Crop Report: Issue 24, October 14, 2014

  • Favourable weather conditions allowed for good harvest progress across most of Manitoba.
  • Provincially, harvest of spring cereals is estimated over 90% complete, canola at 85% complete, flax 65% complete, edible beans 70% complete, soybeans 60 to 65% complete, sunflowers 45% complete and grain corn 5% complete.
  • Winter wheat is emerging with excellent germination and stand establishment reported.
  • Fall field work, including fall fertilizer applications, tillage, baling of straw, and soil testing is on-going.

Southwest Region

The Southwest Region saw above normal temperatures with no precipitation. Frost occurred over several mornings with temperatures reaching -6 degrees Celsius; no damage reported as crops are mature.

Good harvest progress was made over the past week, although much of the harvested crop was taken off at damp and tough moisture levels. Cereal harvest is estimated at 80 to 85% complete. Minimal acres of oats have been harvested to date; however, early reports indicate good bushel weights and above average yields. Quality loss is noted in most spring wheat samples.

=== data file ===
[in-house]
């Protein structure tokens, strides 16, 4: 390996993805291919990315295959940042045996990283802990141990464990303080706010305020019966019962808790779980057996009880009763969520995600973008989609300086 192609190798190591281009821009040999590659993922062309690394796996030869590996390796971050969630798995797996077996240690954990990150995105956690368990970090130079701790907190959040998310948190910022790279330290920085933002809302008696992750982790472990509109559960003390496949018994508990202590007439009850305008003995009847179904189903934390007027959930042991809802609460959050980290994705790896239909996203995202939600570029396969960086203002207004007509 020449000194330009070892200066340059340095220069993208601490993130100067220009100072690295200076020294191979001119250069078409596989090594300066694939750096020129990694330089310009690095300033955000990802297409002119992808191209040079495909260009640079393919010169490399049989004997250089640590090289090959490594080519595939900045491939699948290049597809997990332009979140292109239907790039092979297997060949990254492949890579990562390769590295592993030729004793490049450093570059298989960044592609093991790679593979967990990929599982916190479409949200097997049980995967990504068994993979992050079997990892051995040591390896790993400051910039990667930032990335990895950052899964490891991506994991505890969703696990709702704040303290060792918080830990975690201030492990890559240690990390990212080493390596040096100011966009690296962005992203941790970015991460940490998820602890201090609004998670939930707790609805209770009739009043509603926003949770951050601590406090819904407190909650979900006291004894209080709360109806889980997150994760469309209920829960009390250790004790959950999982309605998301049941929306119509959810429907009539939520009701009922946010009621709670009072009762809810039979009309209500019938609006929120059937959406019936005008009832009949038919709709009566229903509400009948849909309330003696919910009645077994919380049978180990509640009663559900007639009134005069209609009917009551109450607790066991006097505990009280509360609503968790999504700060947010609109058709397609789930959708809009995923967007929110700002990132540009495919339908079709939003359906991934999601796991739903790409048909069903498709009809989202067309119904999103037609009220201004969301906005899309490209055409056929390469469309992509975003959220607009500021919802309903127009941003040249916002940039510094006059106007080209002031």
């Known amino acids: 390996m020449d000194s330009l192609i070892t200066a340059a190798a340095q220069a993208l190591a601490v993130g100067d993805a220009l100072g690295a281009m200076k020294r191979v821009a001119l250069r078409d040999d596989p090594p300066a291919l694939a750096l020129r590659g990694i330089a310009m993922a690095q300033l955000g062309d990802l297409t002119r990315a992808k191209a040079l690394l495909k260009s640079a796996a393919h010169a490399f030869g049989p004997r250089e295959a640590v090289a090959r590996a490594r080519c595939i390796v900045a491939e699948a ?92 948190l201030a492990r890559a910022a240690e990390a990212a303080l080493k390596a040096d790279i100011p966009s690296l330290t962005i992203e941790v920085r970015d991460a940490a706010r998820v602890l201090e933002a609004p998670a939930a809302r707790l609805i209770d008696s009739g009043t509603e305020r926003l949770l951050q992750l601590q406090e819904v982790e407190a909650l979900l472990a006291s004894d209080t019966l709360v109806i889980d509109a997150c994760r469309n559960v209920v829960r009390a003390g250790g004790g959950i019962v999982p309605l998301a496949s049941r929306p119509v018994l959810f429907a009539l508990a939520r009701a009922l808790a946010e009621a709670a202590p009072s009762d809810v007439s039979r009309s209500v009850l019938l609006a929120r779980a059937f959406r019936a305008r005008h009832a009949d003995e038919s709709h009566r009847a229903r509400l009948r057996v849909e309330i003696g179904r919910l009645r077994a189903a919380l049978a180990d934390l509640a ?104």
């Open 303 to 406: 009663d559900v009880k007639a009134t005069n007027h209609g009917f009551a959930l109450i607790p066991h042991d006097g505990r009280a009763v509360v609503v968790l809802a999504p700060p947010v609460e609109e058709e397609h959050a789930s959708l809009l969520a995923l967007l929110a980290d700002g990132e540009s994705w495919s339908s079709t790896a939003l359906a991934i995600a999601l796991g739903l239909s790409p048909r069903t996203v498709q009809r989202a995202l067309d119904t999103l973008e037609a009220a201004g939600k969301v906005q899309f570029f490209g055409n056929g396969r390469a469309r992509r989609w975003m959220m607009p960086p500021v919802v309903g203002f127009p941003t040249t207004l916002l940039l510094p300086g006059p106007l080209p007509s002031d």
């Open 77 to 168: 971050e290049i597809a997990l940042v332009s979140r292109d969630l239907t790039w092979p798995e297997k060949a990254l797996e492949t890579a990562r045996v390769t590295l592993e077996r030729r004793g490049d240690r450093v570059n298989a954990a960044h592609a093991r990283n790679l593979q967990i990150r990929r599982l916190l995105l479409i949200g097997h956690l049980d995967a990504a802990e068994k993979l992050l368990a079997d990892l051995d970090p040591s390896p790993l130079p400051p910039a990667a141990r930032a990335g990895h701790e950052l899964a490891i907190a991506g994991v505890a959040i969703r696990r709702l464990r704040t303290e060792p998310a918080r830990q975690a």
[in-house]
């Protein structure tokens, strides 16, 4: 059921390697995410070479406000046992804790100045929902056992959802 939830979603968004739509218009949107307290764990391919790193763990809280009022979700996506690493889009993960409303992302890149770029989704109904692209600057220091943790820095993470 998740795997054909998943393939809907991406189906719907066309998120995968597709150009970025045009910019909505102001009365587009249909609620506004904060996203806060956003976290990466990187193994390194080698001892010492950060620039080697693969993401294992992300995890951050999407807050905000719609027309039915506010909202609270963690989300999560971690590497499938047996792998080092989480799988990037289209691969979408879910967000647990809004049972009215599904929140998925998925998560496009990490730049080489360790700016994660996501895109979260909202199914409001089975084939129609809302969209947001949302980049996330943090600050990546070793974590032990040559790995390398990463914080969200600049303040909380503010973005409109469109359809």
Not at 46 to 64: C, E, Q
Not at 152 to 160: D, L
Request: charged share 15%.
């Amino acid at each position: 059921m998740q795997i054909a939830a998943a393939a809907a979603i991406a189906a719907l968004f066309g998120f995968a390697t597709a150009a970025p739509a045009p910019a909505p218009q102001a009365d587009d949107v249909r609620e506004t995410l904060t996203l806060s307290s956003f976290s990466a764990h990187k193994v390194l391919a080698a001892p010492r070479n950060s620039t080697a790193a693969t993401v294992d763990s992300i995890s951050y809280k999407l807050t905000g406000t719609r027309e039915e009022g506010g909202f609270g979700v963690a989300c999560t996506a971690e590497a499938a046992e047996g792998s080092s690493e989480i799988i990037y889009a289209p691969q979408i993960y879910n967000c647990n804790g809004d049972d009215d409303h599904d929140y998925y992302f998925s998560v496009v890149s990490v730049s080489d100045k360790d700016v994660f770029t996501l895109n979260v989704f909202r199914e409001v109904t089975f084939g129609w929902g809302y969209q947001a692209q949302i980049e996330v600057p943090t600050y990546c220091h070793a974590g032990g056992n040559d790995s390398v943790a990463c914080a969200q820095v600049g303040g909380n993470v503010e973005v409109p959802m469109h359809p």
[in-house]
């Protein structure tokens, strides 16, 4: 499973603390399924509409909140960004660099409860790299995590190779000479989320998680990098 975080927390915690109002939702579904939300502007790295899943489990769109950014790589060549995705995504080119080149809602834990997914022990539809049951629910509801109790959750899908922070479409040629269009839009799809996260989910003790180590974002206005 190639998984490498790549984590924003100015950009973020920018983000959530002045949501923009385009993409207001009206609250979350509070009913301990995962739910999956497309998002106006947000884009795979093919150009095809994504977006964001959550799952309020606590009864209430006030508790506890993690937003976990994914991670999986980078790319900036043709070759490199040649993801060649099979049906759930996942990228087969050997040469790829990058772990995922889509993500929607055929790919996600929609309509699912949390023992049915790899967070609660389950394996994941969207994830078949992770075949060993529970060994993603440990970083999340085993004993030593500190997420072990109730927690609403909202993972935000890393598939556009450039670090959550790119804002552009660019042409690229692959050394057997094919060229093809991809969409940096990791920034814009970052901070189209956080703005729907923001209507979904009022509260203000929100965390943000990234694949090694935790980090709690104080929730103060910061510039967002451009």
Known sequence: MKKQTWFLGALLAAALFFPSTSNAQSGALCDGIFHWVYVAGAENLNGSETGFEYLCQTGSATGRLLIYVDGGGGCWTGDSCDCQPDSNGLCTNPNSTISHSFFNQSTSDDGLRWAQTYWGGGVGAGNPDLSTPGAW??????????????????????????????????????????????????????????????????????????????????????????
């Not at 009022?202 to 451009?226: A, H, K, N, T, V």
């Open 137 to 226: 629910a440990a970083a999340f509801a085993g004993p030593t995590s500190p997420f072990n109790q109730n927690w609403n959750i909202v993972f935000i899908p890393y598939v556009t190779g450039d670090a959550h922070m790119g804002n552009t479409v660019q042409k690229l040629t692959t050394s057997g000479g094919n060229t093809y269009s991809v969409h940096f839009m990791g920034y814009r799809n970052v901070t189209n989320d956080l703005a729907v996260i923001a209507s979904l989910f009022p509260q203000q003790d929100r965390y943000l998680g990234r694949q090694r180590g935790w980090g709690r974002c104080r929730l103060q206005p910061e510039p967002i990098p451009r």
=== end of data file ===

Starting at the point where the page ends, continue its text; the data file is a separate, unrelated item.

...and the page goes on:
Canola harvest is 70 to 75% complete. Canola has cured well after the recent rains with no significant issues with green seed. Generally, above average yields are reported.

The majority of soybeans have reached physiological maturity and significant amounts of harvesting is done in the southern areas of the region. Approximately 30 to 40% soybeans are harvested in southern parts of the southwest region with average to above average yields. The odd soybean field is harvested north of Highway #1. Sunflower and grain corn are near to mature but no reports of harvesting yet.

Top soil moisture conditions are rated as fair to dry. Fall field operations are well underway.
The majority of the second cut of alfalfa is being harvested. Silage operations in barley and corn are ongoing with average yields reported. Cattle continue to be moved to harvested crop residue for grazing, with winter born calves being weaned.

Northwest Region

Cooler conditions and snow prevailed at the beginning of the week in the Northwest Region, but a return to good weather for the rest of the reporting period aided harvest operations. Some producers have completed harvest. However, there are localized areas north of Roblin, as well as in the Ste Rose and McCreary areas, where producers are still challenged with wet field conditions. These areas still need another couple of weeks of good harvest weather to complete combining.
The wheat harvest is approximately 95% complete in most areas of the region with the exception of localized wetter areas where it is estimated that only 50% of the wheat is combined. Reported wheat yields range between 40 to 70 bu/acre of average quality grain.
About 90% of the canola crop is swathed and 60 to 100% is combined. Reported canola yields range from 35 bu/acre to over 50 bu/acre. The quality of canola harvested to date is reported to be good; however, some is being taken off tough.